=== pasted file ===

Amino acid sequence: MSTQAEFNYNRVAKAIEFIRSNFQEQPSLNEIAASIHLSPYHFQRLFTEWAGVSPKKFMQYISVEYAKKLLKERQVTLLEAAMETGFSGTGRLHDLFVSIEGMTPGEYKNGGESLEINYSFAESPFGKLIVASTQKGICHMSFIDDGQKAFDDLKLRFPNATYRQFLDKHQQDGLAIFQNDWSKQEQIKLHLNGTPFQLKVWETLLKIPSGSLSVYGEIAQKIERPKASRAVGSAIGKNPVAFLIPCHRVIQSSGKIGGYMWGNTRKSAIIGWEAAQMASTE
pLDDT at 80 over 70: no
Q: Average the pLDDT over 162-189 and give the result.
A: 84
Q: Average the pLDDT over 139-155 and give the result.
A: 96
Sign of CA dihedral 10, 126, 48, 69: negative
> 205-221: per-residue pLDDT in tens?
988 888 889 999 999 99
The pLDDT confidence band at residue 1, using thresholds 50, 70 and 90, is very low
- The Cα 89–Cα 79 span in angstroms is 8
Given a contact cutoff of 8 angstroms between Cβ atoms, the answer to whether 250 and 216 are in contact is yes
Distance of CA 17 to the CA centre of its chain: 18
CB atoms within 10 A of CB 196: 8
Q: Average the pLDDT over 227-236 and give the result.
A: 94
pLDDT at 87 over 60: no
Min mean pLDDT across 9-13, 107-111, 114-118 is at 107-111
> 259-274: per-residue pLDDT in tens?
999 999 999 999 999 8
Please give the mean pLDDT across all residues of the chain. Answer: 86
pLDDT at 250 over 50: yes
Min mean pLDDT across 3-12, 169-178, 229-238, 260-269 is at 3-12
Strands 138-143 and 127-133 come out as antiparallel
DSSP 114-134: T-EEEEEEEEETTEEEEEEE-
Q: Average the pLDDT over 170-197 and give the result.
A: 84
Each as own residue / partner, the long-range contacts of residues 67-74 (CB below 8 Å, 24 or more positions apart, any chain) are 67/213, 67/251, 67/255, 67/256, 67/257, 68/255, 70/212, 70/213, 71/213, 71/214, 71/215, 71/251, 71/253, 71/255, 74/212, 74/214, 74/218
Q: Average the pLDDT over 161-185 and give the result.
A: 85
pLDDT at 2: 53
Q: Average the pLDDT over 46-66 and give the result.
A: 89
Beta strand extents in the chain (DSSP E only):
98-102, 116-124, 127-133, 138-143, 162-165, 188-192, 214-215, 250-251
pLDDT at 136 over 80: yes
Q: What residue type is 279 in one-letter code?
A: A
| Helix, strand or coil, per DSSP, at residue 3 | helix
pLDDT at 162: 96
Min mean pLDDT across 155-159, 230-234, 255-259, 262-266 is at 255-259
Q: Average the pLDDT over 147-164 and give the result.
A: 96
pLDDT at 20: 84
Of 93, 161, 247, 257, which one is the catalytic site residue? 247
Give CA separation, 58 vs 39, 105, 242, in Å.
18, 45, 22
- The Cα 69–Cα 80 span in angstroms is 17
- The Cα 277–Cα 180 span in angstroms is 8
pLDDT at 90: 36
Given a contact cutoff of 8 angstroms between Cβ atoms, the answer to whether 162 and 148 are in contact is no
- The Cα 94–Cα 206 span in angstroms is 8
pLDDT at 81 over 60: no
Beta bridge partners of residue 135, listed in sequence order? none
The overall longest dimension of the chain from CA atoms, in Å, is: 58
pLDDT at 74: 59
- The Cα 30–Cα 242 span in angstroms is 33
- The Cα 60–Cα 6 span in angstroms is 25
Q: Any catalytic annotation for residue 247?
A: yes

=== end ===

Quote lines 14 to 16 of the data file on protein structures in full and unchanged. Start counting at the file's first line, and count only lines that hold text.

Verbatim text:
CB atoms within 10 A of CB 196: 8
Q: Average the pLDDT over 227-236 and give the result.
A: 94